You should be aware of the amount of genetic information you might disclose in a research study – and what the benefits and risks will be.
Data and privacy issues are tangled up in the DNA reports consumers get from big genetic testing companies – and the third-party sites they turn to in order to glean more from their raw DNA.
The first people to make it to Australia could have navigated their way by sea crossing, reaching the north-west coastline of the island continent more than 50,000 years ago.
More people are sending off saliva samples to find out about their genetic roots. But the raw DNA results go way beyond genealogical data – and could deliver unintended consequences.
One way to make sensors small is to make them out of something that's incredibly small in the first place, such as DNA.
Most of our genes descend directly from the last common ancestor of animals.
Our ability to reconstruct physical features from DNA is advancing, but can we ensure the privacy of "anonymised" genetic data if we can predict the face of its owner?
Synthetic biology allows us to engineer biological cells. This could help us tackle cancer in remarkable ways.
A public genealogy data base was used to track down the so-called "Golden State Killer," raising concerns about the privacy of using public sites to fill out our family trees.
It's 65 years since the structure of DNA was first published, but the woman who made that possible remains unknown to many people.
Scientists are just starting to understand how your parents' genes and experiences might shape your own susceptibility to dangerous drugs. Could that help to stop addictions before they start?
New research shows just 1% of E. coli bacteria's genetic mutations are lethal.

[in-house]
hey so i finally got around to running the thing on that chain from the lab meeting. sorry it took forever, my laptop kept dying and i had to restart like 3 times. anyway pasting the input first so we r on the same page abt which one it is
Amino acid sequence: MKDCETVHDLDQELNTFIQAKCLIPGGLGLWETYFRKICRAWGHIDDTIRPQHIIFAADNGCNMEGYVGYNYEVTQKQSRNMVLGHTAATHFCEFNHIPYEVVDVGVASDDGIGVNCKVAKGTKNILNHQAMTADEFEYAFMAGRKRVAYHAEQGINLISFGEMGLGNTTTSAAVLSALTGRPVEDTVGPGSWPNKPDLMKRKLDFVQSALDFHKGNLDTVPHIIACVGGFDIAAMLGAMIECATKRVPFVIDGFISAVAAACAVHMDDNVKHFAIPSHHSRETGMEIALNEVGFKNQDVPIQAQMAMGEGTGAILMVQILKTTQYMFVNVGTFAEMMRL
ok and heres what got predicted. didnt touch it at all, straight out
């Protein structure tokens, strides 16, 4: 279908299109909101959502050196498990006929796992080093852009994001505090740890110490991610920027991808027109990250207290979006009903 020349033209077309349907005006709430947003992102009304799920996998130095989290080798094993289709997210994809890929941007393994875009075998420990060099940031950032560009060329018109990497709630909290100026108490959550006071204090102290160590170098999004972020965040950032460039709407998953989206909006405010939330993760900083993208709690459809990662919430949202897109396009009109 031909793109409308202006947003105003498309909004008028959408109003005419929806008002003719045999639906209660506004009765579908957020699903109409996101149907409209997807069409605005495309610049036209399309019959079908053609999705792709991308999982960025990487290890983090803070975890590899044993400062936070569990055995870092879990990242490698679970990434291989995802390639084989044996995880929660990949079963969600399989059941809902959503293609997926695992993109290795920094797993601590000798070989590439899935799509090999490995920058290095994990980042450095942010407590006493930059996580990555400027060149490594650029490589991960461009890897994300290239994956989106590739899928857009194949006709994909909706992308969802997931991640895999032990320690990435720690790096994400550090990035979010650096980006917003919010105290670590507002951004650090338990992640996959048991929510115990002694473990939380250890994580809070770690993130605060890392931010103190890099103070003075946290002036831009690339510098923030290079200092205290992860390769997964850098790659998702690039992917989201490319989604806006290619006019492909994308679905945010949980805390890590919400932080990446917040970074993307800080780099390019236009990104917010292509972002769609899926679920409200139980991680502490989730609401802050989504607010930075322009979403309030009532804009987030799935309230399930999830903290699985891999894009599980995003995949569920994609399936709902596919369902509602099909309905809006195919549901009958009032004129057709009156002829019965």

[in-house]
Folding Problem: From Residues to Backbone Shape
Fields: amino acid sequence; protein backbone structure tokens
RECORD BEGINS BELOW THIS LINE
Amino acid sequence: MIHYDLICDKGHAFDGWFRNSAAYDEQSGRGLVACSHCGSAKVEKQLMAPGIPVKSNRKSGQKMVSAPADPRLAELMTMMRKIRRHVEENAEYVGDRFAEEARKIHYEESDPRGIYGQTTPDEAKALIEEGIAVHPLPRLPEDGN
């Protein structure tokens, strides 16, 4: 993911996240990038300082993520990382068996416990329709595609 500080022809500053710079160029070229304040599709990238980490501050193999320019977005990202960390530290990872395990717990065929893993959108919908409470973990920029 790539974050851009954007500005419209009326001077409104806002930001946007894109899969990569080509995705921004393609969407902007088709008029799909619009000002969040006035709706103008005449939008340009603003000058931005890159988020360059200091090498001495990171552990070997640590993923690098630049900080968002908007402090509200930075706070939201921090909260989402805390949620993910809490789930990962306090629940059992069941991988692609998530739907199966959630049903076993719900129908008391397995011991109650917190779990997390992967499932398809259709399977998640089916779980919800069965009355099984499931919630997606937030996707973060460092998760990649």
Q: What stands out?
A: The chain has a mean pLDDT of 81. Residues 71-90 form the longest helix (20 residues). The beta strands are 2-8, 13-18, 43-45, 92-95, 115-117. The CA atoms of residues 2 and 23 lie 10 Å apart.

In 2003 the Human Genome Project "cracked the code of life", yet parts of our DNA remained unidentified. A new study fills out our genetic blueprint by using a nanotechnology-based technique.
Are DNA samples today's version of the human skeletons that hung in 20th-century natural history museums? They can provide genetic revelations about our species' history – but at an ethical price.
Online genetic testing promises many things. Some are the stuff of fantasy, while others, even if scientifically feasible, still carry risks. Consider these five things before ordering a test.
Each discipline tells us only part of the story. And so the truest picture of prehistory comes from triangulating these independent lines of evidence.
Humans have long been trying differentiate themselves from the rest of the biological world. Is it because we're superior, or just insecure?
The genes in our cells' mitochondria are passed on in a different way than the vast majority of our DNA. New studies shed light on how the unique process isn't derailed by mutations.
A new study suggests that high blood-sugar levels are an effect rather than a cause of type 2 diabetes.
Mutated bone marrow stem cells could double your risk of having a heart attack.